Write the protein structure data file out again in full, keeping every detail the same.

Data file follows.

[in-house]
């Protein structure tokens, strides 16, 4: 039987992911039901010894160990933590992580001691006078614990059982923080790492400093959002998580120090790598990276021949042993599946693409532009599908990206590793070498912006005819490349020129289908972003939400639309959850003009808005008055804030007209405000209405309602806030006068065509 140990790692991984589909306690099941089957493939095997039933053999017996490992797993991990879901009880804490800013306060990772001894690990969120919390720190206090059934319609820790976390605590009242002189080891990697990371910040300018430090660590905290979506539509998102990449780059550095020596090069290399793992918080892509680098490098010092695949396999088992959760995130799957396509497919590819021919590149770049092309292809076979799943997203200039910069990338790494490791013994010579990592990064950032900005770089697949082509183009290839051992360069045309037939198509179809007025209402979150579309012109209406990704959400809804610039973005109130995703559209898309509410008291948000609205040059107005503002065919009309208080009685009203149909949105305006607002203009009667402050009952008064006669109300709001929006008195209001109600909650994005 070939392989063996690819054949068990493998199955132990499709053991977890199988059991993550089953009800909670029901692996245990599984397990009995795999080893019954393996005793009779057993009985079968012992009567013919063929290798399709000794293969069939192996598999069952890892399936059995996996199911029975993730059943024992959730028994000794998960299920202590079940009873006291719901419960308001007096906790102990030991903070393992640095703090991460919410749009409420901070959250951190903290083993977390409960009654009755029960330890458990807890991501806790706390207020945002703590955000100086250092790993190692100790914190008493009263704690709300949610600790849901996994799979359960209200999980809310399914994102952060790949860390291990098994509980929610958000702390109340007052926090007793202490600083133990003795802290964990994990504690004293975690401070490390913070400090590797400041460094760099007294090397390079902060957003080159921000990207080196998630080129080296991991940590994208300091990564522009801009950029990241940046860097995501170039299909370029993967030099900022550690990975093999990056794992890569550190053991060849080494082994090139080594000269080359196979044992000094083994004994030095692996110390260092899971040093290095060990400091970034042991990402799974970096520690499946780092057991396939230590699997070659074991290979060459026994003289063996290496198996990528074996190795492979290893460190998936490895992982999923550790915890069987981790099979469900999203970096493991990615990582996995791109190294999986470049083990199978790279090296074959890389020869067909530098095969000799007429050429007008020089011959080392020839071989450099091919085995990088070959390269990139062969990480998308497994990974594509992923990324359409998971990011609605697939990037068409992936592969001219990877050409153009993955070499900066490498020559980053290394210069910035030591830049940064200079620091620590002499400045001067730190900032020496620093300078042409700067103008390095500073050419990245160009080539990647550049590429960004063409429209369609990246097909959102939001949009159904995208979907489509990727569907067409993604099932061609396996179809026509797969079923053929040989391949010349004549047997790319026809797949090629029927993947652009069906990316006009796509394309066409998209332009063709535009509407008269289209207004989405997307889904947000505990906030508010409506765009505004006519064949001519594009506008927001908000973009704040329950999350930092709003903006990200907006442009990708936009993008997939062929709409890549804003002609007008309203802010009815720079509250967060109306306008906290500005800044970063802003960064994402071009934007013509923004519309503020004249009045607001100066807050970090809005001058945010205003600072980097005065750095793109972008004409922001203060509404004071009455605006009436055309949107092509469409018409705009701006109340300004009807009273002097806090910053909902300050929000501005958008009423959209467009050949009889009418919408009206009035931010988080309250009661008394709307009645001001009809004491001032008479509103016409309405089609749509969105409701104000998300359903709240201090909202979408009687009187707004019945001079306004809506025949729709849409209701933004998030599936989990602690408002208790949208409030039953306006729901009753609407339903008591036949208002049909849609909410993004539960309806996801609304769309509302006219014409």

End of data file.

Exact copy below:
[in-house]
């Protein structure tokens, strides 16, 4: 039987992911039901010894160990933590992580001691006078614990059982923080790492400093959002998580120090790598990276021949042993599946693409532009599908990206590793070498912006005819490349020129289908972003939400639309959850003009808005008055804030007209405000209405309602806030006068065509 140990790692991984589909306690099941089957493939095997039933053999017996490992797993991990879901009880804490800013306060990772001894690990969120919390720190206090059934319609820790976390605590009242002189080891990697990371910040300018430090660590905290979506539509998102990449780059550095020596090069290399793992918080892509680098490098010092695949396999088992959760995130799957396509497919590819021919590149770049092309292809076979799943997203200039910069990338790494490791013994010579990592990064950032900005770089697949082509183009290839051992360069045309037939198509179809007025209402979150579309012109209406990704959400809804610039973005109130995703559209898309509410008291948000609205040059107005503002065919009309208080009685009203149909949105305006607002203009009667402050009952008064006669109300709001929006008195209001109600909650994005 070939392989063996690819054949068990493998199955132990499709053991977890199988059991993550089953009800909670029901692996245990599984397990009995795999080893019954393996005793009779057993009985079968012992009567013919063929290798399709000794293969069939192996598999069952890892399936059995996996199911029975993730059943024992959730028994000794998960299920202590079940009873006291719901419960308001007096906790102990030991903070393992640095703090991460919410749009409420901070959250951190903290083993977390409960009654009755029960330890458990807890991501806790706390207020945002703590955000100086250092790993190692100790914190008493009263704690709300949610600790849901996994799979359960209200999980809310399914994102952060790949860390291990098994509980929610958000702390109340007052926090007793202490600083133990003795802290964990994990504690004293975690401070490390913070400090590797400041460094760099007294090397390079902060957003080159921000990207080196998630080129080296991991940590994208300091990564522009801009950029990241940046860097995501170039299909370029993967030099900022550690990975093999990056794992890569550190053991060849080494082994090139080594000269080359196979044992000094083994004994030095692996110390260092899971040093290095060990400091970034042991990402799974970096520690499946780092057991396939230590699997070659074991290979060459026994003289063996290496198996990528074996190795492979290893460190998936490895992982999923550790915890069987981790099979469900999203970096493991990615990582996995791109190294999986470049083990199978790279090296074959890389020869067909530098095969000799007429050429007008020089011959080392020839071989450099091919085995990088070959390269990139062969990480998308497994990974594509992923990324359409998971990011609605697939990037068409992936592969001219990877050409153009993955070499900066490498020559980053290394210069910035030591830049940064200079620091620590002499400045001067730190900032020496620093300078042409700067103008390095500073050419990245160009080539990647550049590429960004063409429209369609990246097909959102939001949009159904995208979907489509990727569907067409993604099932061609396996179809026509797969079923053929040989391949010349004549047997790319026809797949090629029927993947652009069906990316006009796509394309066409998209332009063709535009509407008269289209207004989405997307889904947000505990906030508010409506765009505004006519064949001519594009506008927001908000973009704040329950999350930092709003903006990200907006442009990708936009993008997939062929709409890549804003002609007008309203802010009815720079509250967060109306306008906290500005800044970063802003960064994402071009934007013509923004519309503020004249009045607001100066807050970090809005001058945010205003600072980097005065750095793109972008004409922001203060509404004071009455605006009436055309949107092509469409018409705009701006109340300004009807009273002097806090910053909902300050929000501005958008009423959209467009050949009889009418919408009206009035931010988080309250009661008394709307009645001001009809004491001032008479509103016409309405089609749509969105409701104000998300359903709240201090909202979408009687009187707004019945001079306004809506025949729709849409209701933004998030599936989990602690408002208790949208409030039953306006729901009753609407339903008591036949208002049909849609909410993004539960309806996801609304769309509302006219014409």